Distribber — a do-it-yourself distribution service that allows filmmakers to place movies on digital platforms such as iTunes, Netflix and Hulu — announced Tuesday that it has teamed up with independent distribution company Abramorama to provide video-on-demand distribution for Abramorama’s upcoming movies.
“Time to Choose,” a climate change documentary directed by Charles Ferguson and narrated by Oscar Isaac, is the first film to benefit from the partnership. It will stream exclusively on Amazon Prime Video starting on September 9 and on select domestic digital platforms thereafter.
Distribber, which was acquired by GoDigital.com last year, allows filmmakers without Hollywood connections to submit their movies to some of the most popular streaming services. Distribber charges a flat fee that ranges from $950 for a full-length movie on Netflix to $5,000 for cable video-on-demand. Filmmakers keep 100 percent of the revenue they earn from the platforms they choose, and if the film isn’t accepted, Distribber refunds the cash, minus a $120 processing fee.
“Our alliance with Abramorama provides a great value-based proposition for independent filmmakers,” Nick Soares (pictured), Distribber.com and GoDigital.com’s CEO, said in a statement. “Our goals are aligned in two distinct and complementary ways: maximizing visibility for great films and economic vibrancy for filmmakers. Abramorama has had sustained success with independent films over the years and we look forward to extending that to global digital platforms.”
“We are thrilled to work closely with Nick and his team at GoDigital/Distribber.com,” Abramorama President Richard Abramowitz added.
“Distribber.com’s model is the perfect extension of our work, allowing producers to maximize the revenue generated in the digital marketplace that results from the excitement we create in the theatrical process. We’re particularly happy that through this partnership, audiences all around the United States will be able to experience Charles’ incisive depiction of climate change and ways to cure the pandemic.”
11 Films That Could Ignite Independent Box Office (Photos)
The Wolfpack Crystal Moselle’s documentary Grand Jury Prize winner at Sundance is about the seven Angulo children, who were home-schooled by their parents and confined to their New York apartment. Everything changes when one of the brothers escapes. Magnolia Pictures opens it Friday.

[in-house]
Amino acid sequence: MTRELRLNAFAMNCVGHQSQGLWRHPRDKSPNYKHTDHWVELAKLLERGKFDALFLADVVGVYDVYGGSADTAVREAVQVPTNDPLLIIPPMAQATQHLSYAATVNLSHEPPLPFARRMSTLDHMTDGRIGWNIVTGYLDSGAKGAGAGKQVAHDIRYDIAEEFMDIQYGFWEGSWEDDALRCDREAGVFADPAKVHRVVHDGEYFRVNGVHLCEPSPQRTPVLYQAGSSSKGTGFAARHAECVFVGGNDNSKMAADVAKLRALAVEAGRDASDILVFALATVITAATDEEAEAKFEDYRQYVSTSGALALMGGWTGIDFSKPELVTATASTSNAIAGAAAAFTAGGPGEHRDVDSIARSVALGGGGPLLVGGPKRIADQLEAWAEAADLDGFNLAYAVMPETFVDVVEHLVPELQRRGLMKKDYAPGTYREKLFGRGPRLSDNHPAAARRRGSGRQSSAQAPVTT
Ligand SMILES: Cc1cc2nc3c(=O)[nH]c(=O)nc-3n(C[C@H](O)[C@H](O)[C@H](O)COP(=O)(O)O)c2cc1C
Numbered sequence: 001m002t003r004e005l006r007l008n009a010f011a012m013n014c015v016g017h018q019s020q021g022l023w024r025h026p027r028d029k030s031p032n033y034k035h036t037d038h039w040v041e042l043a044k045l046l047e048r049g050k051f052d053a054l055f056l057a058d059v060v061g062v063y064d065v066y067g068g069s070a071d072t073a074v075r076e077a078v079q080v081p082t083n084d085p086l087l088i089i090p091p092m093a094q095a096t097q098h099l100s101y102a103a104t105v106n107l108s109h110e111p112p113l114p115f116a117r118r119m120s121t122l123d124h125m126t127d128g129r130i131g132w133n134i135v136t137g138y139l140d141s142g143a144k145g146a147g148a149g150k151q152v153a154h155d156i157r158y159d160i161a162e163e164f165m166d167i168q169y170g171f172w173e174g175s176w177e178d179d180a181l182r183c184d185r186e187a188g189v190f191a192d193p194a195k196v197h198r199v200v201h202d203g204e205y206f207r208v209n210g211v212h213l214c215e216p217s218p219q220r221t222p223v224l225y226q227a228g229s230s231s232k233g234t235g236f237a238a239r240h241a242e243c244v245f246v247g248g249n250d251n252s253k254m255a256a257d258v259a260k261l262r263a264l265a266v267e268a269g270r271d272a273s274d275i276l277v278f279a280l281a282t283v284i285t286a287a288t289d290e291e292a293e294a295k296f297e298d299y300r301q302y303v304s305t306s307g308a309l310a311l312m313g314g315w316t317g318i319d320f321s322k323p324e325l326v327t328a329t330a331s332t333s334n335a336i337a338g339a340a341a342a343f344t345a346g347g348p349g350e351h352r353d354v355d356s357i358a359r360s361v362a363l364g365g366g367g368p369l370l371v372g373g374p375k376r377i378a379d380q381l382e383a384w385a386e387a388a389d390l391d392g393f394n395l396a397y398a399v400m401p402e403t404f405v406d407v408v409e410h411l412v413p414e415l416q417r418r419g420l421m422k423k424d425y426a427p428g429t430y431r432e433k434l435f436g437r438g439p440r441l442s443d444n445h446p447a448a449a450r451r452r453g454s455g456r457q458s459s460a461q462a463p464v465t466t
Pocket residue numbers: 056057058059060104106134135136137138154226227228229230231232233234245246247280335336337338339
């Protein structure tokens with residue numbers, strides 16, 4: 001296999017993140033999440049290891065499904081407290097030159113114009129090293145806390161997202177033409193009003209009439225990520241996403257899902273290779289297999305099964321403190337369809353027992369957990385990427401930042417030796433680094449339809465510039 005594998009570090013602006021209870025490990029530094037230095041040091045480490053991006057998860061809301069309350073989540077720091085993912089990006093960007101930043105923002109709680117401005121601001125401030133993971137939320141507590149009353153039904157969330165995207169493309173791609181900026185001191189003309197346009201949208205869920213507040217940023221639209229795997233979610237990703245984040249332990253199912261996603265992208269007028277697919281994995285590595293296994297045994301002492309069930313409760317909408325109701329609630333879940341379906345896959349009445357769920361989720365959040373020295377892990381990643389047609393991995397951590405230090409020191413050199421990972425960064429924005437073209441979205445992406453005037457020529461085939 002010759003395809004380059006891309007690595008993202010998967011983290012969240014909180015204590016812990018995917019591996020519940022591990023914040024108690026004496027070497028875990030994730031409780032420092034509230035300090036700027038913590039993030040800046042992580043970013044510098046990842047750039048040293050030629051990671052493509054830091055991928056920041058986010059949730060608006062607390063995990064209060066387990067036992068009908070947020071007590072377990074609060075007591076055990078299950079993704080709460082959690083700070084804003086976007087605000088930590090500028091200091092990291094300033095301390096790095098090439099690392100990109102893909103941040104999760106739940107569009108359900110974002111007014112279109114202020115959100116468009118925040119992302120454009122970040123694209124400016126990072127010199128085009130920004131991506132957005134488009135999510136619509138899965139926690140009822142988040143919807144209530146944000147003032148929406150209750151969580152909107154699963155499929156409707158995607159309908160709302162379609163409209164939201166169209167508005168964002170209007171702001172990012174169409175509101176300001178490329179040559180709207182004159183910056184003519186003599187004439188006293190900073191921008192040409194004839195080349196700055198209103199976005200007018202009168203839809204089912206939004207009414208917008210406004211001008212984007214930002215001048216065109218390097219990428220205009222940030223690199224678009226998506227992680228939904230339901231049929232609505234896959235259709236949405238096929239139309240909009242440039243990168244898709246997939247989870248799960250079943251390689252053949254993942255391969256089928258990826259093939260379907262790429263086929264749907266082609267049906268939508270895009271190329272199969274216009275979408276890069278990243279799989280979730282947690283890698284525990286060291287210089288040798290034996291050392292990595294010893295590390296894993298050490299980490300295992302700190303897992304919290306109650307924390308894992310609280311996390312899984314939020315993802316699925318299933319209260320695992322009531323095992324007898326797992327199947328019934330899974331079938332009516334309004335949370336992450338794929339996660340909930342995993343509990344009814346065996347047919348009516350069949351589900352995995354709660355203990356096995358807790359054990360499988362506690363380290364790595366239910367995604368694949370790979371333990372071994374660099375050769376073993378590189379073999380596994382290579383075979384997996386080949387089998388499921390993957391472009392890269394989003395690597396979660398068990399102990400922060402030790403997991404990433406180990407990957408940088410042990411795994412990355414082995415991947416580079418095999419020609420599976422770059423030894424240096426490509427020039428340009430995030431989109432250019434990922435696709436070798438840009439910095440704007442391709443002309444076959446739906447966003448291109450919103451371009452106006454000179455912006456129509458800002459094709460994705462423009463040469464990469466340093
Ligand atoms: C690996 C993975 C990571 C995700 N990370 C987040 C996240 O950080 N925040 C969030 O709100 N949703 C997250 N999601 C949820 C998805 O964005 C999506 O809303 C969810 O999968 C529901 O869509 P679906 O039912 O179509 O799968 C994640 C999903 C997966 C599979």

Eden This French import follows DJ Paul, who pioneers the electronic dance music genre “French Touch” and, with his band Cheers, crosses party paths with Daft Punk. It debuts on June 19 via Broad Green Pictures.
Broad Green Pictures
Infinitely Polar Bear Featuring Mark Ruffalo as a manic depressive dad trying to win back his wife (Zoe Saldana) by caring for his two precocious daughters, this first feature from writer-director Maya Forbes is prickly but charming. “Star Wars: The Force Awakens” writer-director J.J. Abrams is an executive producer. Sony Classics opens it on June 19.
The Overnight The full-frontal hijinks of Jason Schwartzman and Adam Scott have brought a degree of notoriety to writer-director Patrick Brice’s sex comedy “The Overnight.” But reviews out of Sundance make clear the lighthearted romp has more than that going for it. Taylor Schilling (“Orange is the New Black”) co-stars and Mark and Jay Duplass are executive producers. It opens on June 19 via The Orchard.
The Tribe This Ukrainian drama is set in a boarding school for deaf children that is rife with crime. Director Myroslav Slaboshpytskiy’s tale, in Ukrainian sign language with no subtitles, follows a new arrival who crosses the line when he falls for a girl he’s assigned to pimp. Drafthouse rolls it out on June 17.
Big Game Featuring Samuel L. Jackson as the President of the United States, the film depicts the brash actor stranded in the wilds of Finland when terrorists shoot down Air Force One. His hopes for survival rest with a 13-year-old boy (Ommi Tommila). Felicity Huffman and Jim Broadbent co-star in the thriller directed by Jelmari Helander and set for a June 26 release by EuropaCorp.
Cartel Land Matthew Heineman’s documentary follows two vigilante groups — Autodefensas and Arizona Border Recon — that take on the Mexican drug cartels along the border. Heineman won top documentary director honors at Sundance for this unsettling look at the contemporary wild West, which was also honored for cinematography. Orchard rolls it out on July 3.
Do I Sound Gay? Writer-director David Thorpe’s smart and funny documentary takes a look at the speech patterns and stylings that make a “gay voice.” Margaret Cho, Tim Gunn and George Takei weigh in, too. It opens July 10 via IFC Films.
Tangerine The Caitlin Jenner story this ain't. The comedy-drama, another Sundance film, takes a look at the grittier transgender life of prostitute Sin-Dee Rella. Just out of prison, she and her trans friend Alexandra meet at Donut Time and chase down her cheating boyfriend and pimp Chester. Magnolia Pictures will debut it on July 10.
Amy The British documentary on the life and tragic death of torch singer and songwriter Amy Winehouse directed by Asif Kapadia drew raves at the Cannes Film Festival. It features new footage and tracks recorded by Winehouse in the months before her death and debuts July 10 via A24.
War Room Alex Kendrick directs this faith-based drama about a Christian family facing marital issues. Karen Abercrombie stars as a wise older woman fighting to save the family. It opens via TriStar on August 28.
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From Samuel L. Jackson as a U.S. President stranded in a Finnish forest in ”Big Game“ to the hell-bent transsexual prostitutes of ”Tangerine,“ larger-than-life characters abound